The more weight you have on the bar the more the deadlift bar will bend.
So, once again, you have a shorter range of motion to travel through.
The additional length of the deadlift bar will obviously add to the “bendiness” of the bar as you add more weight.
So, in effect, you are in more of an “upright position” when the weight plates leave the floor.
All of these factors added together will make it easier to deadlift heavier weights.
In reality, a better grip on the bar and a reduced range of motion should add a fair few pounds to your overall deadlift numbers.
Should You Use a Deadlift Bar?
You may believe that due to the above factors that you should immediately convert to deadlifting with a deadlift bar.
However, in truth, I’m not of the same thinking.
For me, it really depends on your reasons for deadlifting in the first place.
I would say that for the vast majority of us, we should stick to deadlifting with an Olympic/stiff bar.
In fact, the only real reason for using a deadlift bar is if you deadlift competitively.
If you regularly take part in powerlifting competitions then the name of the game is to obviously deadlift as much weight as possible.
Plus, you will typically be using a deadlift bar during competitions.
But, for us mere mortals, I don’t feel this is what we should be aiming for.
I know on a personal level the reason I deadlift is for better overall strength.
So, I want to get bigger and stronger, and therefore deadlifts form part of my weekly workout routines.
Therefore, I’m not really looking to make the lift “easier”.
The standard bar thickness will help to improve my grip strength.
The fact that I have to go through the deadlift full range of motion will be better in terms of activating the target muscles.
Okay, I may not be able to lift as much weight with a normal bar, but I will still naturally progress as I get stronger.
Another factor to take into consideration is how much you’re actually deadlifting.
Realistically, you don’t actually get to take advantage of the “whip” and “bend” until you’re deadlifting more than 500lbs, and over 600 in order to see a real difference.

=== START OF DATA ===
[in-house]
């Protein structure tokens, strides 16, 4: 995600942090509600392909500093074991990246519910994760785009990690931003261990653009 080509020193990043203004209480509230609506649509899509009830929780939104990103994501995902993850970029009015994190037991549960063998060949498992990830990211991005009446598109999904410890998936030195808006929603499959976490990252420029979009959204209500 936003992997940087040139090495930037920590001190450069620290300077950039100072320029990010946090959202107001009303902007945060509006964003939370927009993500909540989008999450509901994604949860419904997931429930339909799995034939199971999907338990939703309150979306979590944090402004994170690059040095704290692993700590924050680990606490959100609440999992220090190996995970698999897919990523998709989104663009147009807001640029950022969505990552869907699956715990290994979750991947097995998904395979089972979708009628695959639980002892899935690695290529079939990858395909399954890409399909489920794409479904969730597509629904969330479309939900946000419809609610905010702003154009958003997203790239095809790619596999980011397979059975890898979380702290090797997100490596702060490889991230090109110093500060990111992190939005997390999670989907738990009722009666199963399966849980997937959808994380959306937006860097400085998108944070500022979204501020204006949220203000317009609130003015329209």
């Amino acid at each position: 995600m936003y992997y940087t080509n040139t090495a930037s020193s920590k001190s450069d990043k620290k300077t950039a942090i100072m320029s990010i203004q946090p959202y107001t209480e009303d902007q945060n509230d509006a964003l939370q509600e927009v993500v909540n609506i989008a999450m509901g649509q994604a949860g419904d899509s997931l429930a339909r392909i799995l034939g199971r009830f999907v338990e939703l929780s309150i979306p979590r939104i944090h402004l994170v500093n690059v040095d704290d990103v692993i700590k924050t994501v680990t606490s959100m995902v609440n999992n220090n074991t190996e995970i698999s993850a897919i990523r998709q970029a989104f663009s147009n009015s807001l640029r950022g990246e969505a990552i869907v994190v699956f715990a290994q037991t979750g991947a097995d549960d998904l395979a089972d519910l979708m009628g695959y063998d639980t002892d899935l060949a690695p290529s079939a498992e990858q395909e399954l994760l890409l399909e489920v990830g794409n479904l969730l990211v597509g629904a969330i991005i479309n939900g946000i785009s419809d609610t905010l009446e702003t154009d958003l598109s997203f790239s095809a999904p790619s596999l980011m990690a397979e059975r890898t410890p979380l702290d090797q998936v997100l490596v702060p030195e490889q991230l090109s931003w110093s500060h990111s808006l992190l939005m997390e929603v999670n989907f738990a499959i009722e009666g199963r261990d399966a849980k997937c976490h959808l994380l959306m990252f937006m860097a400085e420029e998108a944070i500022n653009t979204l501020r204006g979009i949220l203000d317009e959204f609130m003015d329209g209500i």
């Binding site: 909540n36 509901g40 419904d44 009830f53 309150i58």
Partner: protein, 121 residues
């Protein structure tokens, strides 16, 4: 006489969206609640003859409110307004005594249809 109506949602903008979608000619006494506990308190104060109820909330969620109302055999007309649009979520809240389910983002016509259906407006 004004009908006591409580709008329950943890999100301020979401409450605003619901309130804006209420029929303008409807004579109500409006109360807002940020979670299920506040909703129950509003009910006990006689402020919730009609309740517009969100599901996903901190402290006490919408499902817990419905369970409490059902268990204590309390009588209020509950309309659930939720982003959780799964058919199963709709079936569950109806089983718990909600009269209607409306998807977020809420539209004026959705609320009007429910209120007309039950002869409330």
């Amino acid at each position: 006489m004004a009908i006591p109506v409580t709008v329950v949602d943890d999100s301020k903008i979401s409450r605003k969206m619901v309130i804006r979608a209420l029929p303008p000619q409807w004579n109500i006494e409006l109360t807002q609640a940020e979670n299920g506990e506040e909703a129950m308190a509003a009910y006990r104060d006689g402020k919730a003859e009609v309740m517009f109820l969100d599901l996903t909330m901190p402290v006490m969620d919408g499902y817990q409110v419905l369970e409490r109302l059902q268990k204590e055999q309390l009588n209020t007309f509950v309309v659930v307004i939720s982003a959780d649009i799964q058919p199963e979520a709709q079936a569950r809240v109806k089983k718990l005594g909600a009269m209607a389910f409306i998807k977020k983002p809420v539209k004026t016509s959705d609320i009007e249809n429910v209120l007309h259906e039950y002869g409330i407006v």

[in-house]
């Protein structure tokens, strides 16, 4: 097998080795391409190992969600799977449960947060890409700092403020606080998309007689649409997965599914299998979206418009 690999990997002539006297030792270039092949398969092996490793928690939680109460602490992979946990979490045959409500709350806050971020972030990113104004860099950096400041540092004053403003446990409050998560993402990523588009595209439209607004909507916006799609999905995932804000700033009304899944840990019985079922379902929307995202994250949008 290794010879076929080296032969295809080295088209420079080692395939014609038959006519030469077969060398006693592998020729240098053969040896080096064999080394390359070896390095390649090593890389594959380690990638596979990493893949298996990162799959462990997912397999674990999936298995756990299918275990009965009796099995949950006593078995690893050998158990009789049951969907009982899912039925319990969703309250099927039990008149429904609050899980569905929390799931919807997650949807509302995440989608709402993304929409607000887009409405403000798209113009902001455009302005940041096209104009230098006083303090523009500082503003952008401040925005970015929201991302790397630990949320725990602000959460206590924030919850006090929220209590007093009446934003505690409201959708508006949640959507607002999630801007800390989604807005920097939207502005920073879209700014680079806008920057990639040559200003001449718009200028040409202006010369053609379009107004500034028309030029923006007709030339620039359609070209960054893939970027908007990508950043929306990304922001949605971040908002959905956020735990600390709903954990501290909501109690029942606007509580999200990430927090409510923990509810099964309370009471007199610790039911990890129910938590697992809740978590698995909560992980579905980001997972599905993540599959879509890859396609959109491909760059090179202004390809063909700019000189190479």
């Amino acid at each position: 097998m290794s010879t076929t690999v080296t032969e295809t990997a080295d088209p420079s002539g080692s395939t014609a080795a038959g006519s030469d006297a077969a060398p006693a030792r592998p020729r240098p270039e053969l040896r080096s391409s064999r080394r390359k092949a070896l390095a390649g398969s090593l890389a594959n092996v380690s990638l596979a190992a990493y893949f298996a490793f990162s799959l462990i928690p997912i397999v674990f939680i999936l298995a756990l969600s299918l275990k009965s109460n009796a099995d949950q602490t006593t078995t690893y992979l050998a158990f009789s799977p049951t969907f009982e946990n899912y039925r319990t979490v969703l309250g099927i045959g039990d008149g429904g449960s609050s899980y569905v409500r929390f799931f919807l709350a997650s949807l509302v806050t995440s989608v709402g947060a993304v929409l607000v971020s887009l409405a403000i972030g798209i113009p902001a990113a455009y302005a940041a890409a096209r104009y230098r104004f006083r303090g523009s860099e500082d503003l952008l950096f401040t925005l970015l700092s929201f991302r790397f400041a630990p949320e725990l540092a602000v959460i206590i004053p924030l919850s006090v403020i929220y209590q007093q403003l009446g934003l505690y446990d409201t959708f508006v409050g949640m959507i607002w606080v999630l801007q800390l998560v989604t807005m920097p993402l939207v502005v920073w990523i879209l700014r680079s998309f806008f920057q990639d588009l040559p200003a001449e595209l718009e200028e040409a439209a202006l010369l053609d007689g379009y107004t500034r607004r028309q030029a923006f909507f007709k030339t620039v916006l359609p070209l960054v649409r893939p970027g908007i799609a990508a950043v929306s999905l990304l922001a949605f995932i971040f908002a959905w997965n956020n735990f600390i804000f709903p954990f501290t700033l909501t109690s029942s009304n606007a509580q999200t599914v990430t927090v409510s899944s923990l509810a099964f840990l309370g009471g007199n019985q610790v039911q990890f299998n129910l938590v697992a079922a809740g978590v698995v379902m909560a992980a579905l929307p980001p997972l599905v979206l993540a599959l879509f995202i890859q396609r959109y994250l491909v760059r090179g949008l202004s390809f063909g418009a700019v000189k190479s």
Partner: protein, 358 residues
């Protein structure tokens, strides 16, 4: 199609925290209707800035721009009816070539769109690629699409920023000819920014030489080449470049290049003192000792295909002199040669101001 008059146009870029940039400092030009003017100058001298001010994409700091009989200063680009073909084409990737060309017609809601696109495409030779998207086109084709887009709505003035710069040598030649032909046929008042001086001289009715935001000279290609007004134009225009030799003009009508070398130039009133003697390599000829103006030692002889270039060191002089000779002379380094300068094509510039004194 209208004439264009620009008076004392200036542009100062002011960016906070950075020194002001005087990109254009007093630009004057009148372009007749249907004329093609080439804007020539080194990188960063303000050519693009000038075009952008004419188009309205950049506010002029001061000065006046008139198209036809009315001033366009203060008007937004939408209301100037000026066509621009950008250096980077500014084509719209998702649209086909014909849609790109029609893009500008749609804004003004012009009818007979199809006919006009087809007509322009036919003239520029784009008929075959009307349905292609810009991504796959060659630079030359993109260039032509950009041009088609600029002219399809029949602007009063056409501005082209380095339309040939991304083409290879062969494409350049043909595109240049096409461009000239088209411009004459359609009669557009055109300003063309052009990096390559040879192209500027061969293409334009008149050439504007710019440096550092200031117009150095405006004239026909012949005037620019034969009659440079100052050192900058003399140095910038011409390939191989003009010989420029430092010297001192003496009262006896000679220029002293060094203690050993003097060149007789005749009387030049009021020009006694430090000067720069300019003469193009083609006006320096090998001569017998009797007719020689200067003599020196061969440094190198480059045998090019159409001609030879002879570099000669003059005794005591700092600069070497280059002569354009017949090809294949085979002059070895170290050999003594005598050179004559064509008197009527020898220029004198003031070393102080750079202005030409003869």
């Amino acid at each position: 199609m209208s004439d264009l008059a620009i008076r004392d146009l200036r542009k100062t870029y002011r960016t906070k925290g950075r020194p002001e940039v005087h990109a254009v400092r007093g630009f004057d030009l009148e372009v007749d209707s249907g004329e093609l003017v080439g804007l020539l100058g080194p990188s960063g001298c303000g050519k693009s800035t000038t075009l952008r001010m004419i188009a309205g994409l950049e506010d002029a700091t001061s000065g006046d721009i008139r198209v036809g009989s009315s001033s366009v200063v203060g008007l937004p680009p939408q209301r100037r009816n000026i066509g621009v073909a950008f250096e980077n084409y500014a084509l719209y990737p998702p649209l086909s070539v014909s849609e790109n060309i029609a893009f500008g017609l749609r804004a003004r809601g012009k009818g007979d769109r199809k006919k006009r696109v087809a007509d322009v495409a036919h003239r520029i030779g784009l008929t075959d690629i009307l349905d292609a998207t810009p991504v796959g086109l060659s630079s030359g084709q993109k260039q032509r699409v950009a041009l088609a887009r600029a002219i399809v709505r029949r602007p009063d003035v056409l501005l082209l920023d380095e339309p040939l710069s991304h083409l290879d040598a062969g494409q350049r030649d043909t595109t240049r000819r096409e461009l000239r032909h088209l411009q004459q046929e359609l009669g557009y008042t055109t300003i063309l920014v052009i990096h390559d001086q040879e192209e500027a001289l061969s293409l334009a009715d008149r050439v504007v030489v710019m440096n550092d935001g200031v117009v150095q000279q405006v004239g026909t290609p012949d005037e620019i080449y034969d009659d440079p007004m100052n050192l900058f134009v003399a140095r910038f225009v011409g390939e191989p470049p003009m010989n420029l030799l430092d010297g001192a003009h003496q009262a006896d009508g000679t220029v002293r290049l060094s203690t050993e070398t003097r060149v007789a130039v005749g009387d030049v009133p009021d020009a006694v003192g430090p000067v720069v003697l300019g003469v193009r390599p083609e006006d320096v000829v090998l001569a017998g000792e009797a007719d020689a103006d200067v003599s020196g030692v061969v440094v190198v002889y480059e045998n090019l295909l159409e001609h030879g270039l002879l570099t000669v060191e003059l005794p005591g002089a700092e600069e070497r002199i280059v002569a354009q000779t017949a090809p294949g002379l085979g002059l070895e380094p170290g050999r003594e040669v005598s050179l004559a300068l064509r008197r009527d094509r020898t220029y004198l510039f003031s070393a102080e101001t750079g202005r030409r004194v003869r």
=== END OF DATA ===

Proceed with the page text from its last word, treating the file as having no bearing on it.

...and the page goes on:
I’ve included a great video from Cailer Woolam below.
Cailer goes through deadlifting various weights, ranging from 200+ to 800+ pounds, in order to demonstrate the difference between a deadlift bar and a normal bar.
As you’ll see, there is very little difference during the “lighter” few lifts.
Battle of the Bend – 365kg Deadlift Bar vs. Stiff Bar
So, I hope you have a better idea of the difference between a deadlift bar and a normal bar.
Basically, a deadlift bar will be longer, have a longer shaft, a narrower circumference, and provide more whip and bend.
All of these factors will help to improve your grip on the bar, while also reducing your range of motion.
This will make deadlifts a little easier and therefore this should allow you to lift more weight.
However, from a personal perspective, I would prefer my deadlifts to be “harder” in order to improve my overall strength.
Plus, you realistically need to be deadlifting more than 500lbs to see any noticeable difference.
Hi, I’m Partha, the founder of My Bodyweight Exercises. I’m someone who’s been passionate about exercise and nutrition for more years than I care to remember. I’ve studied, researched, and honed my skills for a number of decades now. So, I’ve created this website to hopefully share my knowledge with you. Whether your goal is to lose weight, burn fat, get fitter, or build muscle and strength, I’ve got you covered.